“Well, we’re not really sure what’s wrong,” he told me. (Sigh. This is what doctors always say, which is why I tend to not want to go to them.) “It may be broken, but the x-ray doesn’t show it. More likely, you’ve just damaged some soft tissue. In any case, I want you to wear a splint for two or three weeks, and then come see me if it doesn’t improve.”

“I’m a writer,” I said. “Will this cause problems?”

“Hm,” he said. “You’ll still be able to type, but it may be a little clumsy.” Yes. Yes, it is. Very clumsy, indeed, especially if I need the backspace…

Dropping keys
In other news, I was browsing through Chris’s site today when I stumbled upon a month-old entry, which contains the following from the Sufi poet Hafez:

The small man builds cages for everyone he knows,
While the sage, who has to duck his head when the moon is low,
Keeps dropping keys all night long for the

Oh. My. God. This bit of poetry is so awesome, perfectly encapsulating my current world view. I’m so sick of small men (and small women) who build cages for others; I’m drawn to those tall sages who move through life, dropping keys to help set others free.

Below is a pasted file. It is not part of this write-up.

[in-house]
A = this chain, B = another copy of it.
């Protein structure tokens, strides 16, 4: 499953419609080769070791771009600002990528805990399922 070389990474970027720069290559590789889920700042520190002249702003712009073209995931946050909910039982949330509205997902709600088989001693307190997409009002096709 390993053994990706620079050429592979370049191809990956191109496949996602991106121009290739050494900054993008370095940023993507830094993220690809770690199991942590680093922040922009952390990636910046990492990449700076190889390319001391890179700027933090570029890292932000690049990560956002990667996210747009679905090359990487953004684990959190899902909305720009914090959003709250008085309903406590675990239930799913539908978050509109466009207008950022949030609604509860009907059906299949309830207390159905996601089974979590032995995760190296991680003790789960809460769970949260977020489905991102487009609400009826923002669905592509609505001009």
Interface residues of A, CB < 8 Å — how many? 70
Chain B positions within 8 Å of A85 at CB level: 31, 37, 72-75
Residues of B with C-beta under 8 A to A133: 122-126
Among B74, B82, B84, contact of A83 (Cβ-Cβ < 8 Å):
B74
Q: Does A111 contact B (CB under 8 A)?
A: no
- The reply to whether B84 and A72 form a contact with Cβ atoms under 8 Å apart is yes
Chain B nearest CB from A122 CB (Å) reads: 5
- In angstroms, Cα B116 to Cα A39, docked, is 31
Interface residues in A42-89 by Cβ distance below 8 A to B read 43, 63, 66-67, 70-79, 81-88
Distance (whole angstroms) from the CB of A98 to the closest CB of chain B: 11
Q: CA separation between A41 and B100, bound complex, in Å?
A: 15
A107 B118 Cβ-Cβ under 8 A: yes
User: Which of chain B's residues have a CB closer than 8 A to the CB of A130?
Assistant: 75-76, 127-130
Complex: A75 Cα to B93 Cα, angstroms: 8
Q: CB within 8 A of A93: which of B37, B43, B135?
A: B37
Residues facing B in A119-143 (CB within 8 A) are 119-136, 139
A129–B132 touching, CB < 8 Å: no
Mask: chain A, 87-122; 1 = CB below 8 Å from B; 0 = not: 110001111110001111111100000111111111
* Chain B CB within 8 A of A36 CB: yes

Do you build cages for the people you know? How can you stop this? How can you start dropping keys instead? The answer for each of us is different, yes? For me, I drop keys at Get Rich Slowly. You might drop keys in other ways. But whatever you do, set people free, don’t cage them in.

Powerful, powerful stuff.

Note: This might be a good time to mention one of my favorite Japanese proverbs: “Fall down seven times, stand up eight.” This is another of my personal mottos. No matter how many times I fail at something, I get up and try again.

A final complaint
One of the benefits about blogging here regularly again is that I can whine in all the little ways I like to do. For example, have I mentioned that I rented an office? It’s a small space (about the size of a spare bedroom) just up the street from the house. It’s fantastic: I come up here and I know it’s time to work.

Anyhow, I like my neighbors in the office building, but there’s one thing that drives me nuts about the office next door. It’s home to a massage thereapist, and she’s very nice. But she’s also chatty with her customers. As Kris could tell you, I need silence (or music) to work; I don’t deal well with conversation. (Which is one reason I hate NPR — noise pollution radio — because I can’t think when it’s on.) So, when Jeannie has a client in and they’re chatting away, it’s almost impossible for me to work!

Fortunately, there’s an easy solution: I just turn on the classic country tunes and I can no longer hear the gossip.

Ah, it feels good to whine in public again!

2009 Portland Marathon Race Report